In addition to the matter of similarity threshold applied for determination of bacterial species identity, other limitations for this study existed, primarily the inability to undertake a completely quantitative study for identification of all bacterial isolates. To achieve a semi-quantitative outcome, isolates selected were based upon colony morphology which sought to achieve proportionate representation. The study did not consider the exact grade of cleanroom in which the garments were worn beyond being isolates from operatives working within the facility, or the environmental parameters therein. Furthermore, although the operator numbers were always within standard operating procedure for the facility, the exact numbers of people within the cleanroom were not recorded. Previously Sandle (2011) reported that such factors will influence microbial diversity within the cleanroom environment (12). It is acknowledged this would have impacted upon the range and types of bacteria recovered from the surface of cleanroom operators’ garments. Another was the variable length of time for which the garments were worn, being within periods of no less than 30 minutes to no more than 90 minutes, where bacterial number on cleanroom garments is known to increase with time (31,32). Collectively these all place limitations on the study findings and each would be worthy of separate further investigation with respect to the identity of bacterial contaminants recovered from cleanroom operators’ garments.


5. Conclusion

Using 16S rRNA gene sequence comparisons this successfully identified 44 of 47 bacterial isolates recovered from the surface of cleanroom operators’ garments to genus level and 36 down to species level. Virtually all isolates were identified as Gram - positive species, most being Staphylococcus, Micrococcus and Bacillus. Nearly 70 % of identified isolates were attributed to the operator contamination within the cleanroom facility and the remainder resulting from environmental source of contamination. The specialist garments worn by cleanroom operators eventually become contaminated with bacteria and thereafter represent a risk during sterile product manufacture. Whilst most bacteria identified would present little threat to healthy individuals, others are opportunist pathogens that are hazardous for at risk patient groups who typically receive sterile pharmaceutical products.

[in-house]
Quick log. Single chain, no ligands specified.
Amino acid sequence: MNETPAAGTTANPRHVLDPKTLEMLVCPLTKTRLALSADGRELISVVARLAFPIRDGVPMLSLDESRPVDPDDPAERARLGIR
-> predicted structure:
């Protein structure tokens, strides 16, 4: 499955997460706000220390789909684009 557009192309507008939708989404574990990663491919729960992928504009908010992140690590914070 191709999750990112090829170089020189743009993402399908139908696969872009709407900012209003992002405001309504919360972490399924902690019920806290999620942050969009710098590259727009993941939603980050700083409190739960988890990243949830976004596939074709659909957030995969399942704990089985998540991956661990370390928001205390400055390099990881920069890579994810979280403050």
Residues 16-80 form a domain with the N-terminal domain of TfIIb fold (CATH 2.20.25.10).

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Authors


Dr Laurie M. Smith

Lecturer in Pharmaceutical Sciences

School of Pharmacy and Life Sciences,

Sir Ian Wood Building,

Robert Gordon University,

Garthdee Road,

Aberdeen,

AB10 7GJ

Tel: 07751698048

Email: l.smith50@rgu.ac.uk


Dr Christina Lowes

Corporate Health and Safety Advisor

Royal Veterinary College,

University of London,

4 Royal College Street,

London,

NW1 OTU


Dr Noëlle H. O’ Driscoll

Lecturer in Pharmaceutical Microbiology

School of Pharmacy and Life Sciences,

Sir Ian Wood Building,

Robert Gordon University,

Garthdee Road,

Aberdeen,

AB10 7GJ


Prof Andrew J. Lamb

Dean of Graduate School

Graduate School,

Ishbel Gordon Building,

Robert Gordon University,

Aberdeen,

AB10 7QE.


Research Funding

This research project did not receive any specific grant from funding agencies in the public, commercial, or not-for-profit sectors. However, the study was funded by the Research Committee from the School of Pharmacy and Life Sciences for which thanks are offered.


Conflict of Interest Declaration

The authors declare that they have no competing interests.


Ethical Approval

A research ethics self-assessment (RESA) form was submitted in respect to the Robert Gordon University’s Research Ethics Policy. This application was reviewed and approved by the Ethical Review Panel of the School of Pharmacy and Life Sciences.


Acknowledgements

The authors would like to thank the MRC Protein Phosphorylation and Ubiquitylation Unit, School of Life Sciences at the University of Dundee for their sequencing services.